MOTHER TO CHILD 00:44:10
Youth and adults
Care and Support
The prevention of mother-to-child transmission of HIV – the statistics, the people – come vividly to life in this astounding documentary, which follows the lives of two pregnant and HIV-positive women lucky enough to be on a drug trial at the Chris Hani Baragwanath Hospital in Soweto. The film charts the lives of Pinkie and Patience as they approach the delivery of their babies. It reveals their exceptions, hopes, and inevitable fears concerning not only the health of their babies, but the trauma around the disclosure of their status to their families and partners as well.
Questions For Discussion
- What is the message of this film?
- What do you know about mother-to-child transmission and treatment?
- Are antiretroviral drugs available at your clinic/hospital?
- How do Pinkie’s and Patience’s families react to their disclosure?
- What does the film say about the role of support and counselling for HIV positive people?
- How does this film affect the way you feel about HIV positive mothers?
- How can we negotiate condom use in a relationship?
The prevention of mother to child transmission of HIV – the statistics, the facts, the people – come vividly to life in this astounding documentary, which follows the lives of two pregnant and HIV-positive women lucky enough to be on a drug trial at the Chris Hani Baragwanath Hospital in Soweto.
The facts are terrifying. The conditions in maternity wards throughout South Africa are now at a crisis point. One out of every 3 babies born is HIV-positive. Seven thousand babies are dying as a result of the virus every month. The number of babies born positive can be cut in half if their mothers are given nevirapine, but at present the drug is available only in a limited number of centres across the country.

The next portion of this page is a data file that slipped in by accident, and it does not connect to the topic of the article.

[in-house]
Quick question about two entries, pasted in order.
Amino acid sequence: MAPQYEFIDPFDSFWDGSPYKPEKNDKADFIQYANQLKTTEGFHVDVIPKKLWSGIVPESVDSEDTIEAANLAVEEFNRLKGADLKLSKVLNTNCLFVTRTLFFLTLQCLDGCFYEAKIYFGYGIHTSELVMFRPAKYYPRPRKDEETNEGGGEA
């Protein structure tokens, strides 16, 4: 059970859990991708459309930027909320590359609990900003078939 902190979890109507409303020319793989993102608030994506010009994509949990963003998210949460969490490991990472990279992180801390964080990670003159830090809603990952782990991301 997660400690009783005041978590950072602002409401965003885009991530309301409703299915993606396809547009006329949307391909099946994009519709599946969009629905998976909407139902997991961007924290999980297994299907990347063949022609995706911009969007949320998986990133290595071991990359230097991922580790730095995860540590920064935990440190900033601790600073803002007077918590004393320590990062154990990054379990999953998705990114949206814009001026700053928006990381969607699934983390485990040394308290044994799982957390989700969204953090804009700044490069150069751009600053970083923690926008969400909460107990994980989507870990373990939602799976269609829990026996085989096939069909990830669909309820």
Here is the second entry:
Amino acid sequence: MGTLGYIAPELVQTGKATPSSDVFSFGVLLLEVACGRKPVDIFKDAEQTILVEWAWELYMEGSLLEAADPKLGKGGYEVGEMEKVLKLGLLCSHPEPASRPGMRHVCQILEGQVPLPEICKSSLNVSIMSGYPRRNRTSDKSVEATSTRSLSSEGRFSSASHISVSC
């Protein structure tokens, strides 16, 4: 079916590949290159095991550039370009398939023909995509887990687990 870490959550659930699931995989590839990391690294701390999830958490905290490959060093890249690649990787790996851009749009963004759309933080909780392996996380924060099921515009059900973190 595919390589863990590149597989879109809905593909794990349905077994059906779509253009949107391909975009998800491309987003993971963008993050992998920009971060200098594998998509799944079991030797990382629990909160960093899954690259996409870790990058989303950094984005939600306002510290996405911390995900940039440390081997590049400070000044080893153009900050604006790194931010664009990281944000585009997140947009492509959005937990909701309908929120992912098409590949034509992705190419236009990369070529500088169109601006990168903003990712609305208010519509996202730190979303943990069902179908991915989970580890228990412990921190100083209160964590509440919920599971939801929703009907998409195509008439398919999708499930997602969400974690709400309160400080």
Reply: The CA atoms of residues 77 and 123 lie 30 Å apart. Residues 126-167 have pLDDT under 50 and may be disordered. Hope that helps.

The film charts the lives of Kholiwe (Patience) and Ntombekaya (Pinkie), who have made friends at the clinic’s support group for HIV-positive mothers, as they approach the delivery of their babies. It is about their exceptions, hope, and inevitable fears concerning not only the health of their babies but also the trauma around the disclosure of their status to their families and partners. It is also about the unrelenting commitment of the people at the HIV perinatal clinic who are trying to make a difference.
As the film starts Patience is getting ready for one of her last visits to the Chris Hani clinic before the birth of her second child by caesarian section. She tells us how devastated she was when she found out only a few months ago that she was HIV+ and how she wanted to die.
At the Chris Hani Clinic, women are arriving at the hospital for the support group and clinic for HIV+ mothers. We meet Florence Ngubeni, a straight-shooting, charismatic counsellor, who because of her own HIV status, and the fact that she lost her own baby, has a huge impact on these women’s lives. Nevirapine was not available when she gave birth. We listen to her giving a pep talk and medical advice. Patience stands up and tells the group how she disclosed her status to her family and boyfriend. Fortunately for her, they have been incredibly supportive.
Sitting near Patience is Pinkie, who has not disclosed her HIV-positive status to her boyfriend or family. She wants to, but is worried about their reactions.
The next main player is Doctor Boris Jikov. He tells us about nevirapine, how it works, and the clinical trials underway at the Chris Hani Clinic. Back at the support group Florence reminds the women of the importance of not breast feeding as this will wipe out all the benefits of nevirapine, and increase the odds that the baby will be positive.
Once the characters have been established, we follow the drama of the births and subsequent post-natal care of Patience’s son and Pinkie’s daughter. Facts regarding HIV transmission are provided as the two patients are kept informed every step of the way.